• Bible Films Blog

    Looking at film interpretations of the stories in the Bible - past, present and future, as well as preparation for a future work on Straub/Huillet's Moses und Aron and a few bits and pieces on biblical studies.

    Matt Page


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    Sunday, April 21, 2013

    The Passion, Last Supper, Crucifixion and Resurrection of Christ

    Possibly the longest ever title for a Bible film, this cartoon is part of the "Greatest Heroes and Legends of the Bible" series. I believe it was originally released as simply as The Passion, Last Supper, Crucifixion and Resurrection of Christ, so this version seems to be some kind of rebrand to cash in with the release of Gibson's The Passion of the Christ. The dates are a little unclear, the copyright on the DVD says 2004, one retailer gives it as April 2003 and the IMDb doesn't seem to cover it.

    As with the other entries in this series there is a fairly lengthy and rather dull introduction to the topic by the late Charlton Heston. I suspect I won't be the only parent to have forward wound through it having to concede that the kids had a point.

    Heston aside the series is fairly cheaply made, but visually is fairly good. But there's an awful song about Judas that trails through various episodes. It has enough of Jesus Christ Superstar about it to make it fairly clear that that was what they were going for, but unfortunately it seems like it was written in about 10 minutes.

    The central tension for the filmmakers was how much violence to show given that on the one hand the focus was on the Passion, but on the other it is aimed at kids. It varies from child to child I suppose, but I was a bit unhappy with certain decisions the filmmakers made in this respect. I would be interested in knowing the relationship between the making of the film and The Passion of the Christ. There certainly seems to be some influence. Aside from the overall feel and focus of the film, all the beatings are shown, though the episode with Herod is omitted. It also bucks the trend towards incorporate historical findings. We're shown Jesus carrying just a crosspiece, and being helped by an African Simon of Cyrene. That said, this might all be just a coincidence.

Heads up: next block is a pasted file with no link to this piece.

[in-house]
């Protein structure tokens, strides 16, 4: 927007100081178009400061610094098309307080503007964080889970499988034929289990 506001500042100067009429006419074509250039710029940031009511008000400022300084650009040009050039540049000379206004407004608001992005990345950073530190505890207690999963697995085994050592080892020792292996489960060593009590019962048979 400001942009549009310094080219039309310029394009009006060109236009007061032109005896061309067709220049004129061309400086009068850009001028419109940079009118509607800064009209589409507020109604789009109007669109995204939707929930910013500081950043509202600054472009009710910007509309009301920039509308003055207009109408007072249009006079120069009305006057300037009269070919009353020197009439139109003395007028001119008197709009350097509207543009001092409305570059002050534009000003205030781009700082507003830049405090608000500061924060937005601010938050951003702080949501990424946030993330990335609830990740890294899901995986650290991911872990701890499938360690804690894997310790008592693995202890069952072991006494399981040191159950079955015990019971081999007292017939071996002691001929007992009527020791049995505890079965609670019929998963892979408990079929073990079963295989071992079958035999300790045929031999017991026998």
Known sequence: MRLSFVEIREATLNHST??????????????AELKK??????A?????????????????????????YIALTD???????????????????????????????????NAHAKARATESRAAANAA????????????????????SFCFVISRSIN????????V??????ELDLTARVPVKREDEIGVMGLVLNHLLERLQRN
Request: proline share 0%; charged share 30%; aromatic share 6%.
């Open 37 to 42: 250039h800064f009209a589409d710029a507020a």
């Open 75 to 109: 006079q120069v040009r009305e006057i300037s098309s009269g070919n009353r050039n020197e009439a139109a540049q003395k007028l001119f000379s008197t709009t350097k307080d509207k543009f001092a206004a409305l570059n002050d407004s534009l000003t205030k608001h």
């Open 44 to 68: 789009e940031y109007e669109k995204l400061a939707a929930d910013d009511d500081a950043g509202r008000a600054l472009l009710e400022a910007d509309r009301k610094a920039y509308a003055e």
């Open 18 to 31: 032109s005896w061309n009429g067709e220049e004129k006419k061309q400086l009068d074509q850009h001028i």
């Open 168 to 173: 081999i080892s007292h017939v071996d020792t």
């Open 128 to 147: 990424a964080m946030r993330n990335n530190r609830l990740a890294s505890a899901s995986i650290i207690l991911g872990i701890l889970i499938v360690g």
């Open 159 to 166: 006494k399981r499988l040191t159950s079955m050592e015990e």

However when it comes to the crucifixion there is very little shown. We're shown Simon helping Jesus but the next moment he is on the cross. The actual process of being put on a cross is omitted. This makes a strange contrast with most films on the subject which tend to dwell on the nailing to the cross, and the raising of the cross. It seems strange to cut this completely, but go into such detail about pushing the crown of thorns into Jesus' head (though it's implied rather than fully shown). On the other hand the Bible doesn't focus on the moment of Jesus being attached to the cross and raised, and the original audience for the gospels would have known that the truly horrific bit of being crucified wasn't so much the nailing as the hours of agony fighting for every single breath before a slow painful suffocation. All of the films, pretty much, seem to get this balance wrong though (from memory) the BBC's 2008 Passion is something of an exception.

    As for the resurrection, it's harmonised in a fairly interesting manner. It's most reminiscent of another animated film - The Miracle Maker - even bringing the incident with Thomas a week forward to Easter evening, but there's also an interesting switch between Mary meeting Jesus at the tomb, and a group of women telling the disciples the good news.



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